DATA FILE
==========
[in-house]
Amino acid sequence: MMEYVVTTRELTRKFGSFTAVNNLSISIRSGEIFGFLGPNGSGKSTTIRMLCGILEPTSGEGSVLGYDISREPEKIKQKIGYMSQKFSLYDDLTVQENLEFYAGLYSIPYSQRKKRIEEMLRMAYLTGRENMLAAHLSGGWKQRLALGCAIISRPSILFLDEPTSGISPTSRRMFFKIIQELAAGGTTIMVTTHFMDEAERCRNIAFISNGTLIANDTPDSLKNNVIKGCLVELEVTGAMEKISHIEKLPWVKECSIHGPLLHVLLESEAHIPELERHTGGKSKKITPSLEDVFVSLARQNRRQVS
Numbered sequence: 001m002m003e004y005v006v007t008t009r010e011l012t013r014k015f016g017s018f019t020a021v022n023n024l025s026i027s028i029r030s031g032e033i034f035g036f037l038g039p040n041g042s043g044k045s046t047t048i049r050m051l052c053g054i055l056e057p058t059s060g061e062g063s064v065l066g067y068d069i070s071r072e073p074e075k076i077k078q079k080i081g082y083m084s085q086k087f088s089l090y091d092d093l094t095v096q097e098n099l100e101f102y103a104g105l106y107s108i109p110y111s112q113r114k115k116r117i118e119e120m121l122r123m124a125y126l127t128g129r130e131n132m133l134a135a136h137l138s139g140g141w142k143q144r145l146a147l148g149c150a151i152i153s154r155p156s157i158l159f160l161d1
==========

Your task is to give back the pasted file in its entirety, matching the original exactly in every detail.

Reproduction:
[in-house]
Amino acid sequence: MMEYVVTTRELTRKFGSFTAVNNLSISIRSGEIFGFLGPNGSGKSTTIRMLCGILEPTSGEGSVLGYDISREPEKIKQKIGYMSQKFSLYDDLTVQENLEFYAGLYSIPYSQRKKRIEEMLRMAYLTGRENMLAAHLSGGWKQRLALGCAIISRPSILFLDEPTSGISPTSRRMFFKIIQELAAGGTTIMVTTHFMDEAERCRNIAFISNGTLIANDTPDSLKNNVIKGCLVELEVTGAMEKISHIEKLPWVKECSIHGPLLHVLLESEAHIPELERHTGGKSKKITPSLEDVFVSLARQNRRQVS
Numbered sequence: 001m002m003e004y005v006v007t008t009r010e011l012t013r014k015f016g017s018f019t020a021v022n023n024l025s026i027s028i029r030s031g032e033i034f035g036f037l038g039p040n041g042s043g044k045s046t047t048i049r050m051l052c053g054i055l056e057p058t059s060g061e062g063s064v065l066g067y068d069i070s071r072e073p074e075k076i077k078q079k080i081g082y083m084s085q086k087f088s089l090y091d092d093l094t095v096q097e098n099l100e101f102y103a104g105l106y107s108i109p110y111s112q113r114k115k116r117i118e119e120m121l122r123m124a125y126l127t128g129r130e131n132m133l134a135a136h137l138s139g140g141w142k143q144r145l146a147l148g149c150a151i152i153s154r155p156s157i158l159f160l161d1